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Sore Left Thumb

Discussion in 'Technique [BG]' started by StyleOverShow, Jan 8, 2012.


  1. StyleOverShow

    StyleOverShow Still Playing After All These Years Gold Supporting Member

    May 3, 2008
    Hillsdale, Portland
    Sixteen gigs/jams/run throughs between Thanksgivings and New Year's Weekend, playing EGB and EUB/Upright, and my left thumb is sore at the base joint. Didn't think too much of it when it started aching last weekend, took some NASID's and it all worked out fine. Has been annoying all week and I down Ibuprofen with breakfast and dinner regularly.

    Did a showcase thing last night and could hardly think of anything else. It almost feels like arthritis.

    Anybody ever hear of this...something in my hand positioning (firmly behind the neck) or am I just worn out?
     
  2. I think both worn out and RSI.

    I'd suggest stopping for a bit, get a doctor's opinion. Massage the hand frequently.
     
  3. tjh

    tjh Supporting Member

    Mar 22, 2006
    Minnesota
    I have severe Basil Joint Arthritis in left thumb ... it causes the thumb to actually rotate inward towards the palm ... I had broken it when I was a teen and it was pinned during the healing process ... playing a lot lately as well, and it is really fired up ... I am finding I need to rely less on it for leverage, and try to lighten my touch as much as possible, and even need to remove the thumb completely from the neck at times ... if it is arthritis, especially osteo (from use) it may not get better, but simply be more manageable at times ... might be time to look at an alternative positioning/placement if rest is not an option ... I have a hot parafin wax machine, and that works for some temporary relief for a while ...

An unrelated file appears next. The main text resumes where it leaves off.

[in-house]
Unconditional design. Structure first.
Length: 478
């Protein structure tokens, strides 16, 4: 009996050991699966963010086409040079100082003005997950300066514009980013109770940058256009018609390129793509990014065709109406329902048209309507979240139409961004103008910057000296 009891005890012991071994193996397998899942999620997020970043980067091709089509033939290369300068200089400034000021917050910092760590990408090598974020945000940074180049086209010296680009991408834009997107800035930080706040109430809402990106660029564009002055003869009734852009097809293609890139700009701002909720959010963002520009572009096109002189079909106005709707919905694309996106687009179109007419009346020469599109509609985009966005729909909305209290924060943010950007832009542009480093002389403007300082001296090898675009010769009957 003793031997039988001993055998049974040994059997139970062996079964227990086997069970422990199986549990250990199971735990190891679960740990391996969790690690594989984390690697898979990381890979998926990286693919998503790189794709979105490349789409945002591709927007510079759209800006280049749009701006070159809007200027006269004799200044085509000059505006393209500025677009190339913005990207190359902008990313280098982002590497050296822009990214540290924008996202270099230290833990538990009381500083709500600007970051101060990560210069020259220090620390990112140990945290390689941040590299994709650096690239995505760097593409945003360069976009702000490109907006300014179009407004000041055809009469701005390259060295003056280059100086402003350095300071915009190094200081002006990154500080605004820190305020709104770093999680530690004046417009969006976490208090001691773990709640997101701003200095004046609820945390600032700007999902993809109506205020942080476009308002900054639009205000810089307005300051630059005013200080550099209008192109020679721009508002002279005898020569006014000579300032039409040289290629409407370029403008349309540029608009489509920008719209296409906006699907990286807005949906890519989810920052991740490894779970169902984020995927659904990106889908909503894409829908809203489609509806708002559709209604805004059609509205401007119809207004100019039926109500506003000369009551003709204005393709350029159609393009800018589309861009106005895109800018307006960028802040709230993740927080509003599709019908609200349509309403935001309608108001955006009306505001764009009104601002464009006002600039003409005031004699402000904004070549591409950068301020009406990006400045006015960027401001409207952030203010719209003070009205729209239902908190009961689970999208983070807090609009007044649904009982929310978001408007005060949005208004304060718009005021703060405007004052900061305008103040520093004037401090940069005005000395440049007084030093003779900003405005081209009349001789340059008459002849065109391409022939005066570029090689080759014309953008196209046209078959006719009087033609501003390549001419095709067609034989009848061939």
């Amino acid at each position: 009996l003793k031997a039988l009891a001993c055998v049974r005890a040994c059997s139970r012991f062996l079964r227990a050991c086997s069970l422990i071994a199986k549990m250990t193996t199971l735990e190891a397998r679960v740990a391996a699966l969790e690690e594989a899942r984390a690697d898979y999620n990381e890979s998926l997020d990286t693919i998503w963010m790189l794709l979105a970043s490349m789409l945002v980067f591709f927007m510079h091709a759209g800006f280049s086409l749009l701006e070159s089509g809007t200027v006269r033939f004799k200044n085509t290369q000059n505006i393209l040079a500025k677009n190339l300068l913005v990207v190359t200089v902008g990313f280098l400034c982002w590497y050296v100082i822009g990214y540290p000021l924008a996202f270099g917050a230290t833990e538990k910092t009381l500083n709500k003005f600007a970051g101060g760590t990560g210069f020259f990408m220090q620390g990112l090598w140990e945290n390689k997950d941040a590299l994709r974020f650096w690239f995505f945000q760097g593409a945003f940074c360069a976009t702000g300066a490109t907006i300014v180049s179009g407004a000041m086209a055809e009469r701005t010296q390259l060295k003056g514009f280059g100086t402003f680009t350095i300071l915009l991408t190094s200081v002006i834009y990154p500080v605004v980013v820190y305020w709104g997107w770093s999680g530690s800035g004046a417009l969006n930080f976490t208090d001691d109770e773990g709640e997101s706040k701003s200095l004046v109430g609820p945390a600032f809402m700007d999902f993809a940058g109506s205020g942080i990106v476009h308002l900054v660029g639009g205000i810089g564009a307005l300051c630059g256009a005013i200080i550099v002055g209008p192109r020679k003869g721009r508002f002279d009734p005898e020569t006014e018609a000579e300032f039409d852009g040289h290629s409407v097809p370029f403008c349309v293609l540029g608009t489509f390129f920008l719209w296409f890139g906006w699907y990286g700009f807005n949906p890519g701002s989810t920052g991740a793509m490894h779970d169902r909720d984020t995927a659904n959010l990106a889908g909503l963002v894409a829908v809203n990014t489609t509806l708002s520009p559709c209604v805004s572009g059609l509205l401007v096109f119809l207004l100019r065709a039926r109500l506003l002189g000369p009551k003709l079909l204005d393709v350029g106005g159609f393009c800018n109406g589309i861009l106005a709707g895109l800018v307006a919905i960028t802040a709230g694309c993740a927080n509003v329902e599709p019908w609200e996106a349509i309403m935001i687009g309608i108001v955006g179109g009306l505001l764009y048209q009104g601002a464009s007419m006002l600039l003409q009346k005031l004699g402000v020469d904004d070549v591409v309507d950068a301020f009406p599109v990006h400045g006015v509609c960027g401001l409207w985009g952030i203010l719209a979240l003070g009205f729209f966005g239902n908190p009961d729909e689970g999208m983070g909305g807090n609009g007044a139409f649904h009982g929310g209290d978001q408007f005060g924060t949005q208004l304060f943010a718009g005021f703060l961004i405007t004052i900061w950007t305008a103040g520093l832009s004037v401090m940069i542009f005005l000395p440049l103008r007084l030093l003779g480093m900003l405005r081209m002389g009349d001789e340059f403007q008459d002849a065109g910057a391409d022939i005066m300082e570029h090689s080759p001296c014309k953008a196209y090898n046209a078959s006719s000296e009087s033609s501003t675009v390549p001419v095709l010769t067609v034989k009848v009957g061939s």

4. StyleOverShow

    StyleOverShow Still Playing After All These Years Gold Supporting Member

    May 3, 2008
    Hillsdale, Portland
    @tjh - the inward rotation is funny. Thought that it was a protective instinct or something, but definitely have observed it.

    The wax machine therapy sounds like fun...
     
  5. Skitch it!

    Skitch it!

    Sep 6, 2010
    An ache at the base of the thumb, it may be that you have overextended the thumb, time for a break and to get it checked out methinks.
     
  6. tjh

    tjh Supporting Member

    Mar 22, 2006
    Minnesota